Implementing an innovative consent form: the PREDICT experience

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Implementing an innovative consent form: the PREDICT experience

Please use this identifier to cite or link to this item: http://dx.doi.org/10.1186/1748-5908-3-58

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Title: Implementing an innovative consent form: the PREDICT experience
Author: Decker, Carole; Arnold, Suzanne V.; Olabiyi, Olawale; Ahmad, Homaa; Gialde, Elizabeth; Luark, Jamie; Riggs, Lisa; DeJaynes, Terry; Soto, Gabriel E.; Spertus, John A.
Date: 2008-12-31
Citation: Implementation Science. 2008 Dec 31;3(1):58
Abstract: Abstract Background In the setting of coronary angiography, generic consent forms permit highly variable communication between patients and physicians. Even with the existence of multiple risk models, clinicians have been unable to readily access them and thus provide patients with vague estimations regarding risks of the procedure. Methods We created a web-based vehicle, PREDICT, for embedding patient-specific estimates of risk from validated multivariable models into individualized consent documents at the point-of-care. Beginning August 2006, outpatients undergoing coronary angiography at the Mid America Heart Institute received individualized consent documents generated by PREDICT. In February 2007 this approach was expanded to all patients undergoing coronary angiography within the four Kansas City hospitals of the Saint Luke's Health System. Qualitative research methods were used to identify the implementation challenges and successes with incorporating PREDICT-enhanced consent documents into routine clinical care from multiple perspectives: administration, information systems, nurses, physicians, and patients. Results Most clinicians found usefulness in the tool (providing clarity and educational value for patients) and satisfaction with the altered processes of care, although a few cardiologists cited delayed patient flow and excessive patient questions. The responses from administration and patients were uniformly positive. The key barrier was related to informatics. Conclusion This preliminary experience suggests that successful change in clinical processes and organizational culture can be accomplished through multidisciplinary collaboration. A randomized trial of PREDICT consent, leveraging the accumulated knowledge from this first experience, is needed to further evaluate its impact on medical decision-making, patient compliance, and clinical outcomes.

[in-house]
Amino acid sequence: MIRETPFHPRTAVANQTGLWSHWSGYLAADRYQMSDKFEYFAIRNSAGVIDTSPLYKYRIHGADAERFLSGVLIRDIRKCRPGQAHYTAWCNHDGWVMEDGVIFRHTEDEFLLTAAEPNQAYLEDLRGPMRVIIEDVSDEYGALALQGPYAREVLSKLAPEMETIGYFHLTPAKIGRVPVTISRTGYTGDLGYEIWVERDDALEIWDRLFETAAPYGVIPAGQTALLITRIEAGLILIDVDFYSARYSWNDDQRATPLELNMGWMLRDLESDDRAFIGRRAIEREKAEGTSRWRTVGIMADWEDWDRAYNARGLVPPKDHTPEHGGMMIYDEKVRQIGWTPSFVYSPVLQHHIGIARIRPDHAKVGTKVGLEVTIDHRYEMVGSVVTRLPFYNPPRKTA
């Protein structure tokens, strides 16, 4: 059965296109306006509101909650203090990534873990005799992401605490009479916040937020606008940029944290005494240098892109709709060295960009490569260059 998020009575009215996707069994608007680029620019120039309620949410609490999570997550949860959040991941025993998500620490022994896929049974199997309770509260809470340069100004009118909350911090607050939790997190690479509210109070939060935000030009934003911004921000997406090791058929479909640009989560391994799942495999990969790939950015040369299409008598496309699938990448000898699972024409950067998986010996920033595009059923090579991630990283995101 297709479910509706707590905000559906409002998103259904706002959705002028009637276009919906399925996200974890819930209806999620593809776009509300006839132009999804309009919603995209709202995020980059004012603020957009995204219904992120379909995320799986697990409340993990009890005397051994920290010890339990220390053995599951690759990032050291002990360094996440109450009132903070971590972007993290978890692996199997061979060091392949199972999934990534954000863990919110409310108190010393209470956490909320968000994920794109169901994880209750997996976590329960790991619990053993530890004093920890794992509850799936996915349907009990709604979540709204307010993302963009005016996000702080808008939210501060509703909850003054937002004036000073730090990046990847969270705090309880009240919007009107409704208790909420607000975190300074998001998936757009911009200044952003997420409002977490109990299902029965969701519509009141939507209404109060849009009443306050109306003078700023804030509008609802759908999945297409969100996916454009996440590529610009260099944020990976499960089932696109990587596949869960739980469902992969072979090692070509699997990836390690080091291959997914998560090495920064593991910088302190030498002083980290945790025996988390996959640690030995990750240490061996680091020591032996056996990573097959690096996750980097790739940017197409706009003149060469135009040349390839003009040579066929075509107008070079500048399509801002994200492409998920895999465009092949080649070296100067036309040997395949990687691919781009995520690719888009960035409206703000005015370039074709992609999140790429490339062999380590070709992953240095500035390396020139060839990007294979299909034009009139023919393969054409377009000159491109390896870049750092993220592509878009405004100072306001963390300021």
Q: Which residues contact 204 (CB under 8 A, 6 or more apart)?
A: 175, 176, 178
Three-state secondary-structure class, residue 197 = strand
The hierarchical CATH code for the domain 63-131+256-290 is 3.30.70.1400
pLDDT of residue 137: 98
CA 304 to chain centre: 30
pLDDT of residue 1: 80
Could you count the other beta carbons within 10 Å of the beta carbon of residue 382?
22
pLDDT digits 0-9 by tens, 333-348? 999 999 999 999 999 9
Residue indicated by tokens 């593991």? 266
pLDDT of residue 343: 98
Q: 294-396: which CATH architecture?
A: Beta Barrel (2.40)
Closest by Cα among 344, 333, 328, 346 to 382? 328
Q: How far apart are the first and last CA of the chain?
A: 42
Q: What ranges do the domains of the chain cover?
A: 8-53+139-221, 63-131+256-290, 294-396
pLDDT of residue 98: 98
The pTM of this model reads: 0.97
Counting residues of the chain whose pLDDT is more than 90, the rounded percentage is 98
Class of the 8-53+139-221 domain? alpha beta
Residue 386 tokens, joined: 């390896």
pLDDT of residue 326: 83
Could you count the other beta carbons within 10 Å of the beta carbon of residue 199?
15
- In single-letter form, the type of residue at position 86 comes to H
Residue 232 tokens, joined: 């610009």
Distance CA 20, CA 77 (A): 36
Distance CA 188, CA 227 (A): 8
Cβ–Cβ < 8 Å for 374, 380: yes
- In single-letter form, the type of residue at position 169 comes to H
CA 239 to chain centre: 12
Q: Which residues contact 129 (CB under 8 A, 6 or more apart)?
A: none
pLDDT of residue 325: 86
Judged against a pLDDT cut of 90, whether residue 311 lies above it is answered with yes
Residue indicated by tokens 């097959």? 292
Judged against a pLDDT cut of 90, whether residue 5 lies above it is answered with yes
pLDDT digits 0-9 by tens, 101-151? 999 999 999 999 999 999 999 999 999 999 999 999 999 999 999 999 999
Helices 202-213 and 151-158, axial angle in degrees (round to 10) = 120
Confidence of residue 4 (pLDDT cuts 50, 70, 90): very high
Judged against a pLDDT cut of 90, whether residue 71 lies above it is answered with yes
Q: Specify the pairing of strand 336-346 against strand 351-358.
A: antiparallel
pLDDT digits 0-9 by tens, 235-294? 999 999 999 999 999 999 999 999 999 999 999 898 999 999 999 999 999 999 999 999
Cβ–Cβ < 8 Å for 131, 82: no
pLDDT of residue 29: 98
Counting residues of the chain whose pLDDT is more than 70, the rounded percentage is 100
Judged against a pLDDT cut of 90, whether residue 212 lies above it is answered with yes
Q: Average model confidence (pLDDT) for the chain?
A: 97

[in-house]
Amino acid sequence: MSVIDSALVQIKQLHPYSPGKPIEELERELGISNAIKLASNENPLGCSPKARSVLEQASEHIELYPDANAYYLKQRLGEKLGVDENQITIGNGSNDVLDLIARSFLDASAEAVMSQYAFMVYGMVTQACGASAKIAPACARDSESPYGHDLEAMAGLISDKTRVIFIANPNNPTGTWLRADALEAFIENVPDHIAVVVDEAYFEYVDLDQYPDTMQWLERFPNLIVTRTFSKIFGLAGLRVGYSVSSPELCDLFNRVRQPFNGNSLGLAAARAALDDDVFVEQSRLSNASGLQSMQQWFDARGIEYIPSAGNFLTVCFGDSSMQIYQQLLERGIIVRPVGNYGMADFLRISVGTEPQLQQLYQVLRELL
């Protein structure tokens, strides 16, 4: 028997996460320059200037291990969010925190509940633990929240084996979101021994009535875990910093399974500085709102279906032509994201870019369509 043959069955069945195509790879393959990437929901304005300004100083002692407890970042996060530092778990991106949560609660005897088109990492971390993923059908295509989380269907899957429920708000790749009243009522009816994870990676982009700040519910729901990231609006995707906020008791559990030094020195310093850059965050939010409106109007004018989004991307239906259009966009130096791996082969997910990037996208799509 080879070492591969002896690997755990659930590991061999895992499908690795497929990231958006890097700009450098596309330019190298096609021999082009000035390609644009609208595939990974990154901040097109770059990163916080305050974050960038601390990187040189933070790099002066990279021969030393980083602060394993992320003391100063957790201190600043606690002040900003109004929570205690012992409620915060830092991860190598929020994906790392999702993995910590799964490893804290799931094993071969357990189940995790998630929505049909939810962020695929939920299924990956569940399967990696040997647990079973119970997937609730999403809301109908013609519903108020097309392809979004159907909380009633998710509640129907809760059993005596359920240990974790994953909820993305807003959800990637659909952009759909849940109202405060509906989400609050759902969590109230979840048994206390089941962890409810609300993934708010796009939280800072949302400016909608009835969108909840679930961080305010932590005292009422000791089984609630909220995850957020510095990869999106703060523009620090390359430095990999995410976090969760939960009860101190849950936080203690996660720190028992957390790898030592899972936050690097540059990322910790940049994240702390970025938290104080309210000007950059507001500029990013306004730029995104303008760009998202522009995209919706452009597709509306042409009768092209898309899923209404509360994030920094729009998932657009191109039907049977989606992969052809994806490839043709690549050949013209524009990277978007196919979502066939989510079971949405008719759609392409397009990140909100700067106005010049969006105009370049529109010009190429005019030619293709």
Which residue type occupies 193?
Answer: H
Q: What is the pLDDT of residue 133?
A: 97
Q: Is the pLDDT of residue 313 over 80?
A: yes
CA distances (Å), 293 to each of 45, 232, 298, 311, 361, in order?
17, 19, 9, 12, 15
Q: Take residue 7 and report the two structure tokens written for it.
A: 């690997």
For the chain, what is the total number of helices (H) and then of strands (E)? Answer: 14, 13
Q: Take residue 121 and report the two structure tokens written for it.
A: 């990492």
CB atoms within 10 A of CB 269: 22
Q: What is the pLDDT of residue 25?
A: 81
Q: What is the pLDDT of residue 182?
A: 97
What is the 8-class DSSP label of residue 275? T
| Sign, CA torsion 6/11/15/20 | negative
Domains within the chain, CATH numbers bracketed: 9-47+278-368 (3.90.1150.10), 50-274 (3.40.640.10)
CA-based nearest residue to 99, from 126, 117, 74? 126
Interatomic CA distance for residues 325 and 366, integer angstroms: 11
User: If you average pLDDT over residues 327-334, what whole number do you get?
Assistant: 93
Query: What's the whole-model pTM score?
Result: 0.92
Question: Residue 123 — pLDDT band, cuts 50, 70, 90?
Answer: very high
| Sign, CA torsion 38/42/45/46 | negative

URI: http://dx.doi.org/10.1186/1748-5908-3-58
http://hdl.handle.net/10355/15029

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